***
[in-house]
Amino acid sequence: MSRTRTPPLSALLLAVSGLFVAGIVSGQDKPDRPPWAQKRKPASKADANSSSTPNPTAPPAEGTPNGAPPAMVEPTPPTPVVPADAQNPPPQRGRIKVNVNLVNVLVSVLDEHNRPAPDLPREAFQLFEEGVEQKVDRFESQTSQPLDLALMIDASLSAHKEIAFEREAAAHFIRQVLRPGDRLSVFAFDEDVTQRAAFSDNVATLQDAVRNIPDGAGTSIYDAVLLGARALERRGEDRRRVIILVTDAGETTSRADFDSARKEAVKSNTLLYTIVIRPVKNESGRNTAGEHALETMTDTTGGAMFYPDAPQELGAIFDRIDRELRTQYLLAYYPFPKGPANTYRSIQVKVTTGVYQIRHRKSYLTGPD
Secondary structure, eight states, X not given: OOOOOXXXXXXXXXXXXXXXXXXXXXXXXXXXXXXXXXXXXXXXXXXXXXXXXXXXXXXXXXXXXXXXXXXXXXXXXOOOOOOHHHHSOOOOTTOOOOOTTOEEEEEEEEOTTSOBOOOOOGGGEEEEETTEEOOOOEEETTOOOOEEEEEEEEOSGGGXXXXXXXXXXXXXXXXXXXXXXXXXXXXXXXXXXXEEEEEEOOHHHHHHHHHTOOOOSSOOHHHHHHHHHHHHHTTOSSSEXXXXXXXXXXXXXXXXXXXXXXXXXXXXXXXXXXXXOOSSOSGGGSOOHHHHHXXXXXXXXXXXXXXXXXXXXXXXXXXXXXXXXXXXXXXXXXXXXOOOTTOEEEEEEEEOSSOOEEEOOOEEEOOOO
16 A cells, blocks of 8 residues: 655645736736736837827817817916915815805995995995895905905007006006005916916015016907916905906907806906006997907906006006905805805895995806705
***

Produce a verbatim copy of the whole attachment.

[in-house]
Amino acid sequence: MSRTRTPPLSALLLAVSGLFVAGIVSGQDKPDRPPWAQKRKPASKADANSSSTPNPTAPPAEGTPNGAPPAMVEPTPPTPVVPADAQNPPPQRGRIKVNVNLVNVLVSVLDEHNRPAPDLPREAFQLFEEGVEQKVDRFESQTSQPLDLALMIDASLSAHKEIAFEREAAAHFIRQVLRPGDRLSVFAFDEDVTQRAAFSDNVATLQDAVRNIPDGAGTSIYDAVLLGARALERRGEDRRRVIILVTDAGETTSRADFDSARKEAVKSNTLLYTIVIRPVKNESGRNTAGEHALETMTDTTGGAMFYPDAPQELGAIFDRIDRELRTQYLLAYYPFPKGPANTYRSIQVKVTTGVYQIRHRKSYLTGPD
Secondary structure, eight states, X not given: OOOOOXXXXXXXXXXXXXXXXXXXXXXXXXXXXXXXXXXXXXXXXXXXXXXXXXXXXXXXXXXXXXXXXXXXXXXXXOOOOOOHHHHSOOOOTTOOOOOTTOEEEEEEEEOTTSOBOOOOOGGGEEEEETTEEOOOOEEETTOOOOEEEEEEEEOSGGGXXXXXXXXXXXXXXXXXXXXXXXXXXXXXXXXXXXEEEEEEOOHHHHHHHHHTOOOOSSOOHHHHHHHHHHHHHTTOSSSEXXXXXXXXXXXXXXXXXXXXXXXXXXXXXXXXXXXXOOSSOSGGGSOOHHHHHXXXXXXXXXXXXXXXXXXXXXXXXXXXXXXXXXXXXXXXXXXXXOOOTTOEEEEEEEEOSSOOEEEOOOEEEOOOO
16 A cells, blocks of 8 residues: 655645736736736837827817817916915815805995995995895905905007006006005916916015016907916905906907806906006997907906006006905805805895995806705